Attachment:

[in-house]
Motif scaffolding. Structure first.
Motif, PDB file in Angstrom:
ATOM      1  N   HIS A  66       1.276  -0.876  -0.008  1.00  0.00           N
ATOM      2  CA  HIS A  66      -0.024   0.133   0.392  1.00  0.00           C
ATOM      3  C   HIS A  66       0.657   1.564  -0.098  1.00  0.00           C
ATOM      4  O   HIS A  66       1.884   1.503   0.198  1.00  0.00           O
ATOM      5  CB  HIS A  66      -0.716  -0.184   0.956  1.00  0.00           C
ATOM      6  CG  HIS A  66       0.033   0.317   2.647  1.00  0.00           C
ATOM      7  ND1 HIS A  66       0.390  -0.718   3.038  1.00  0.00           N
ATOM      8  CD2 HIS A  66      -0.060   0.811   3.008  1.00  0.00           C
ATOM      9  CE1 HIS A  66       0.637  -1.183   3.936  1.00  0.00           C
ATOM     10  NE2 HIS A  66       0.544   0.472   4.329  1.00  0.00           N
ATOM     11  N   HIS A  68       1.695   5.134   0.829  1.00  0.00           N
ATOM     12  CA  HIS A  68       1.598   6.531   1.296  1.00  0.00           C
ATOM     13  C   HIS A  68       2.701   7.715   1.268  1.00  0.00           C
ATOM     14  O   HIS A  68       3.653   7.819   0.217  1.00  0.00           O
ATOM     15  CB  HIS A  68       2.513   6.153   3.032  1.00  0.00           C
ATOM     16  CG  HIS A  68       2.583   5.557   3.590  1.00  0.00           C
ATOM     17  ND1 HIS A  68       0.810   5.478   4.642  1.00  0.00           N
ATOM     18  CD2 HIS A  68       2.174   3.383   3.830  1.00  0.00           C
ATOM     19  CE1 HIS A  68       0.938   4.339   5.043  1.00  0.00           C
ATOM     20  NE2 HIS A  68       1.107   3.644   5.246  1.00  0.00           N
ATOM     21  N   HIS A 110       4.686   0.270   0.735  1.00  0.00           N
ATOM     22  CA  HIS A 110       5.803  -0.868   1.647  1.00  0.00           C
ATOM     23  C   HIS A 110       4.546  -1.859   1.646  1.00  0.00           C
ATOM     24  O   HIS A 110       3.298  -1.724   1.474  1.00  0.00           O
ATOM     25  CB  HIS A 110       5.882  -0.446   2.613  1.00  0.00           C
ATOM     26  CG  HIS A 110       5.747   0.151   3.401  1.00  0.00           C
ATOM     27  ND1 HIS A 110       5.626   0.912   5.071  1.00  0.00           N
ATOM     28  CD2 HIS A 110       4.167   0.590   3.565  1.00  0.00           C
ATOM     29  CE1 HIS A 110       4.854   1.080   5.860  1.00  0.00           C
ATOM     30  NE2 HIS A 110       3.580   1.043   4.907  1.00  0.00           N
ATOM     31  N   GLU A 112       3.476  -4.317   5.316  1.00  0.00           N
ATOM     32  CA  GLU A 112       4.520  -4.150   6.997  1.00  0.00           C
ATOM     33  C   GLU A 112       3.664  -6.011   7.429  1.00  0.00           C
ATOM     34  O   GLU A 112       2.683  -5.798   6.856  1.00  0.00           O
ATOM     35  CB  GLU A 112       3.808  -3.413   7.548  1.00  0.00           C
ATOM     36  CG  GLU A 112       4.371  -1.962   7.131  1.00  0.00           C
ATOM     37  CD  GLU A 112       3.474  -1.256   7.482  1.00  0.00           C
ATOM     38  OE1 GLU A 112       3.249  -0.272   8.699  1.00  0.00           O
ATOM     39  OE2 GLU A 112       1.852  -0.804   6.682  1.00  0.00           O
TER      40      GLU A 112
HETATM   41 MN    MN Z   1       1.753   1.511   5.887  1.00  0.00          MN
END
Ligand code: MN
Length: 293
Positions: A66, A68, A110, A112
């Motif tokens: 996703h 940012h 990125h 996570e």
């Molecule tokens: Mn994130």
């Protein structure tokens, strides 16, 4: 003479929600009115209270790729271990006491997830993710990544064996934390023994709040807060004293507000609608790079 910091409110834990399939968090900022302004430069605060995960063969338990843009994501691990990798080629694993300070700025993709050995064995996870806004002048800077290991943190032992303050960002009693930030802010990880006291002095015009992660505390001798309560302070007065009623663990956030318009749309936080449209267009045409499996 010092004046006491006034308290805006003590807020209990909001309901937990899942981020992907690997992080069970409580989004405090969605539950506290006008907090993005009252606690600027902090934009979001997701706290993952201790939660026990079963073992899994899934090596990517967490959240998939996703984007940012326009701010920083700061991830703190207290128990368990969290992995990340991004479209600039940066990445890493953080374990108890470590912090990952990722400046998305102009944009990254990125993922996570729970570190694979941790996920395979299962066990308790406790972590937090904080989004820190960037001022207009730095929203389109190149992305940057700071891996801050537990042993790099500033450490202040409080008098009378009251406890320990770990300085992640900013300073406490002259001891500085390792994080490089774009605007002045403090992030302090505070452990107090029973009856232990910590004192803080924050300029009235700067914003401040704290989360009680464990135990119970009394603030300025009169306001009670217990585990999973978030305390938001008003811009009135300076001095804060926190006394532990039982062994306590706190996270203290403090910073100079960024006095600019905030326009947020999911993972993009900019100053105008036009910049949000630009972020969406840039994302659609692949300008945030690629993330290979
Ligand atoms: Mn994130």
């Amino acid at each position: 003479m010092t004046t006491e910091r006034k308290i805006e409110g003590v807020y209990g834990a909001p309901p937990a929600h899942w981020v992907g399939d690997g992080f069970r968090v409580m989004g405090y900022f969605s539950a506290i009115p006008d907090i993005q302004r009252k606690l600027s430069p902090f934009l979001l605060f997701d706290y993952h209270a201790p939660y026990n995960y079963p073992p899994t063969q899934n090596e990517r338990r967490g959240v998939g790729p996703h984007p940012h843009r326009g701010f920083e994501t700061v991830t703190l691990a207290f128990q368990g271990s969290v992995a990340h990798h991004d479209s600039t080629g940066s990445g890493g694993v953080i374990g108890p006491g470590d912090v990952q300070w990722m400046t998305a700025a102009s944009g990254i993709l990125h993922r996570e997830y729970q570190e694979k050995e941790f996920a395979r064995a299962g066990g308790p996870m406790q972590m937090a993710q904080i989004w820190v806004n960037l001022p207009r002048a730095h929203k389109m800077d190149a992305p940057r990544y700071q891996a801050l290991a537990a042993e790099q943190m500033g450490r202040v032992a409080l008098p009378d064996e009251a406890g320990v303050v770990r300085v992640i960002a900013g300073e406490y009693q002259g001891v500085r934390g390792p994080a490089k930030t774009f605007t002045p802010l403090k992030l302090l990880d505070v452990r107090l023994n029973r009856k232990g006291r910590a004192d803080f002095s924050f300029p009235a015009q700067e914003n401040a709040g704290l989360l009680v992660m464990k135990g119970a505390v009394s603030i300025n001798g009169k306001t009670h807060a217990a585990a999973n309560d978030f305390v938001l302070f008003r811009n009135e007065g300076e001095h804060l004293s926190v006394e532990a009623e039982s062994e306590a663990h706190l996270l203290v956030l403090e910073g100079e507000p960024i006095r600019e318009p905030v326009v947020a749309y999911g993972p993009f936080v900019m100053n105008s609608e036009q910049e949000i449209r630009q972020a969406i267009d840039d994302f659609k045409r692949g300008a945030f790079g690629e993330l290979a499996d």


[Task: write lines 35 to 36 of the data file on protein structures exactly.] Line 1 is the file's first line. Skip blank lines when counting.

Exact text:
ATOM     32  CA  GLU A 112       4.520  -4.150   6.997  1.00  0.00           C
ATOM     33  C   GLU A 112       3.664  -6.011   7.429  1.00  0.00           C